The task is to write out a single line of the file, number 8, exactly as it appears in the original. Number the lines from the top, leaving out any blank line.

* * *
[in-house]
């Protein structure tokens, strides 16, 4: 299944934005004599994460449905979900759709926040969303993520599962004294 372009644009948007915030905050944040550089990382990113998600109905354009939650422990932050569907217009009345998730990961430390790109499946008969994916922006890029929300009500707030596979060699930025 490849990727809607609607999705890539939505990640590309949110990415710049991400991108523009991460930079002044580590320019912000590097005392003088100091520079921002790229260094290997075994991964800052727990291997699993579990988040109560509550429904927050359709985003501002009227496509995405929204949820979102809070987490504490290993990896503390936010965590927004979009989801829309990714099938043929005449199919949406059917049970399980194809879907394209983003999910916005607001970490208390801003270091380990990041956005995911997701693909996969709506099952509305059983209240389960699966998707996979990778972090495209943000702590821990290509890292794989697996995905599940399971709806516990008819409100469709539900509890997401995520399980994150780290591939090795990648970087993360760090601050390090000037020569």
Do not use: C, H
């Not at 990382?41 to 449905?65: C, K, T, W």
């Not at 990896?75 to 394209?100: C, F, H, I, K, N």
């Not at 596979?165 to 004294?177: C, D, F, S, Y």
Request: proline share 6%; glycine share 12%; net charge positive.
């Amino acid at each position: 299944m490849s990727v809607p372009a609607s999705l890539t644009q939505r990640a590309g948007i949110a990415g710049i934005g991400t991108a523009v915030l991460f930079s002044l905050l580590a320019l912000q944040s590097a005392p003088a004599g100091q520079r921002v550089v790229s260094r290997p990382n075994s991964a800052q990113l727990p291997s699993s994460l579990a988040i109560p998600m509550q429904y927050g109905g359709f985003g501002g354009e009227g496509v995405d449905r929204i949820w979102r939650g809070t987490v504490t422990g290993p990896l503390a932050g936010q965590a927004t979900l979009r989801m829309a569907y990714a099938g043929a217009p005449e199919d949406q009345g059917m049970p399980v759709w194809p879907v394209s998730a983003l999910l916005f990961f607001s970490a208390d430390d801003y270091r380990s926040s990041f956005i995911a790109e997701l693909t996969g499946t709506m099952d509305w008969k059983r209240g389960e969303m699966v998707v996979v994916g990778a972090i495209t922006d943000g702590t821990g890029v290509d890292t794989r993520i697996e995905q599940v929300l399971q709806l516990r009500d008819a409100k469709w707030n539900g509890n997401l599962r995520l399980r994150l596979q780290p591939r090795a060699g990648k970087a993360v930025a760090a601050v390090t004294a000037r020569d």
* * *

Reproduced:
């Amino acid at each position: 299944m490849s990727v809607p372009a609607s999705l890539t644009q939505r990640a590309g948007i949110a990415g710049i934005g991400t991108a523009v915030l991460f930079s002044l905050l580590a320019l912000q944040s590097a005392p003088a004599g100091q520079r921002v550089v790229s260094r290997p990382n075994s991964a800052q990113l727990p291997s699993s994460l579990a988040i109560p998600m509550q429904y927050g109905g359709f985003g501002g354009e009227g496509v995405d449905r929204i949820w979102r939650g809070t987490v504490t422990g290993p990896l503390a932050g936010q965590a927004t979900l979009r989801m829309a569907y990714a099938g043929a217009p005449e199919d949406q009345g059917m049970p399980v759709w194809p879907v394209s998730a983003l999910l916005f990961f607001s970490a208390d430390d801003y270091r380990s926040s990041f956005i995911a790109e997701l693909t996969g499946t709506m099952d509305w008969k059983r209240g389960e969303m699966v998707v996979v994916g990778a972090i495209t922006d943000g702590t821990g890029v290509d890292t794989r993520i697996e995905q599940v929300l399971q709806l516990r009500d008819a409100k469709w707030n539900g509890n997401l599962r995520l399980r994150l596979q780290p591939r090795a060699g990648k970087a993360v930025a760090a601050v390090t004294a000037r020569d």